Last year, as Margaret and I were spending time with a young couple who were planning to get married, I wrote a post called “Marriage and Discipleship“. In this post, I suggested that if discipleship happened primarily through relationships, then our primary disciple and our primary discipler should be our spouse – at least for those of us who are married. I hope you enjoy this post.
A couple of months ago, two new friends of ours asked Margaret and me if we would do pre-marital counseling for them. We started meeting with them a couple of weeks ago. It has been a blessing to get to know them more and to encourage them as they prepare to be married.
I don’t treat “pre-marital” counseling much differently that other opportunities of discipleship. My desire is to help them grow in maturity in Christ. As this happens, their relationship with one another will also grow and mature.
The last time we met, we talked about the sanctifying nature of marriage. Actually, they brought this up. They can already see how God is using their relationship with one another to grow them spiritually.
Before two followers of Jesus Christ are married – before they are husband and wife – they are brother and sister in Christ. Thus, the foundational relationship for a marriage is the relationship between believers. Also, since this brother and sister in Christ is spending so much time together, it is by nature a discipling relationship. Of course, it may not be a positive discipling relationship, but it is a discipling relationship nonetheless.
So, marriage is based on a discipling relationship. The husband and wife should encourage one another and help one another grow toward maturity in Christ. Since the two spend so much time together, and since they know one another better than anyone else, and since they are probably more open and honest with one another than with anyone else, marriage is also the most important discipling relationship.
While it is important for this discipling relationship to include activities such as prayer and reading Scripture together, there is much more involved in this. In fact, if a couple (or any two or more people) only pray and read Scripture together, I would not call that a discipling relationship. Instead, in a discipling relationship the people help one another follow Jesus Christ, recognizing that the other person is not perfect, accepting and loving them as they are, and helping them grow through the trials and struggles of life.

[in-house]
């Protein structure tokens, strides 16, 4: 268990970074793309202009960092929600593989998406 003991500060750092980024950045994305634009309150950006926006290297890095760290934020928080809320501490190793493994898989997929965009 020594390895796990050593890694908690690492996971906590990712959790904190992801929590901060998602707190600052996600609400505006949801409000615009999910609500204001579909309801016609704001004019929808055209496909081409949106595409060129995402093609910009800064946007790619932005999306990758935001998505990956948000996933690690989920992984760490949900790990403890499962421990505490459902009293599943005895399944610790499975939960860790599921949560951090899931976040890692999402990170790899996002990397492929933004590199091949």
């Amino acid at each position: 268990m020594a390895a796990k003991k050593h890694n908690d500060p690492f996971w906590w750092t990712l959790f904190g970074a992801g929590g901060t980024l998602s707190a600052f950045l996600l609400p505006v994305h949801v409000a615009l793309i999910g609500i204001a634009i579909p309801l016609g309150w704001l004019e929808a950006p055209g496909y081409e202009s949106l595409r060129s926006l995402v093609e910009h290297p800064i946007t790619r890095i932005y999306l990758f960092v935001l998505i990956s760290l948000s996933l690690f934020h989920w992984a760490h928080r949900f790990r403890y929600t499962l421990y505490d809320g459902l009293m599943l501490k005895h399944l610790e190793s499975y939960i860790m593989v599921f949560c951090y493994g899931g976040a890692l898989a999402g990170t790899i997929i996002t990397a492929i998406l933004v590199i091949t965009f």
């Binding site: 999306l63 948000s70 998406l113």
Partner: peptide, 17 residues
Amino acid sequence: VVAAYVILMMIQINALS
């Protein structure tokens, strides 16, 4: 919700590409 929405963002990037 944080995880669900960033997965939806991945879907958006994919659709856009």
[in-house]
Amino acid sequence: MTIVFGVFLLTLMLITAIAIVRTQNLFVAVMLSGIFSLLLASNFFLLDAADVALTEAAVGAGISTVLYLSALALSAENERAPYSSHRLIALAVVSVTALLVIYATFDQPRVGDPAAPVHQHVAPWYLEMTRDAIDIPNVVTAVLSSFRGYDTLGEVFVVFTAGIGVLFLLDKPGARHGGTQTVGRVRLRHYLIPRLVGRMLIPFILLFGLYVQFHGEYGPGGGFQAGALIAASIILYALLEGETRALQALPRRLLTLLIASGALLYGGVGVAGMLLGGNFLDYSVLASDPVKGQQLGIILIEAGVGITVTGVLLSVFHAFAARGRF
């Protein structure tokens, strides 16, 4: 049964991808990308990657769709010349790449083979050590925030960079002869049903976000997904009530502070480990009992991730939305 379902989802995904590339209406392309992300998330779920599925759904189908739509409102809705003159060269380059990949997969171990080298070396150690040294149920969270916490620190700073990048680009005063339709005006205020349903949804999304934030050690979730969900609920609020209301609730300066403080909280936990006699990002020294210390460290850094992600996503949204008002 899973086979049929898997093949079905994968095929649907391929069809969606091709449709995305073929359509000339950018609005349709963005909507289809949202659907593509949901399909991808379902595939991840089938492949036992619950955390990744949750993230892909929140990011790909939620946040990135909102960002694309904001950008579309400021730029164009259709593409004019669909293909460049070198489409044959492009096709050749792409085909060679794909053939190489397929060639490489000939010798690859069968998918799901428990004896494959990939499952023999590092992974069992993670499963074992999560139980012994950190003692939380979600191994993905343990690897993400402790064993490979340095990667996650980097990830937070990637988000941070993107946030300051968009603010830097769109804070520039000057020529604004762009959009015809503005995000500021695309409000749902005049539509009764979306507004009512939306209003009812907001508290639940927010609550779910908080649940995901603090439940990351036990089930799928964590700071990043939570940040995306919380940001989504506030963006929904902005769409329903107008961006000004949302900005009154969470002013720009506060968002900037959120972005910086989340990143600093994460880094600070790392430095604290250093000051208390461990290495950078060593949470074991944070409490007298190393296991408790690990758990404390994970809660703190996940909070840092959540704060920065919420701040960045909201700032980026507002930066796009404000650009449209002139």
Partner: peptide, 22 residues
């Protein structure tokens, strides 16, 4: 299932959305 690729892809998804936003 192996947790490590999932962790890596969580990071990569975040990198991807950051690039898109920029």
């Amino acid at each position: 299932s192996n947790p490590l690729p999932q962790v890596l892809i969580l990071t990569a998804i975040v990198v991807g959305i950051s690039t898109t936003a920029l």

I think it helps a marriage to recognize that the two people are in this type of discipling relationship. When we read Scripture as it defines how believers should interact with one another, we should also recognize that this describes how a married couple should interact with one another as well. For example, consider this important passage from Philippians:
Do nothing from rivalry or conceit, but in humility count others more significant than yourselves. Let each of you look not only to his own interests, but also to the interests of others. (Philippians 2:3-4 ESV)
While Paul writes this in general to followers of Christ in Philippi, it is especially applicable to a husband and wife in their interaction with one another. In fact, I think it is impossible to understand a husband’s role in a marriage or a wife’s role in a marriage without first recognizing these and other basic responsibilities that one believer has toward another believer.
As I look back over the time that Margaret and I have been married, I can see that Margaret has been my primary discipler throughout that time. I have learned more about God and life from her than from anyone else – and that includes pastors, preachers, and teachers. Why? Because I am with her every day. I see my own faults and weaknesses and sins most clearly in my relationship with her. I learn from her words and examples more than from anyone else.
And, perhaps most importantly, God expresses his love for me through Margaret than through anyone else on earth – in other words, Margaret is the channel through which God most demonstrates his love for me. This does not mean that Margaret is perfect, or that her demonstration of God’s love is on the same level as Christ’s demonstration of God’s love. But, God’s love is real and clear and intimate – and our relationship has been the best reflection of that love.
Have you thought about your relationship with your spouse as a discipling relationship? Have you thought about your spouse as your discipler? What insights can you add to this discussion?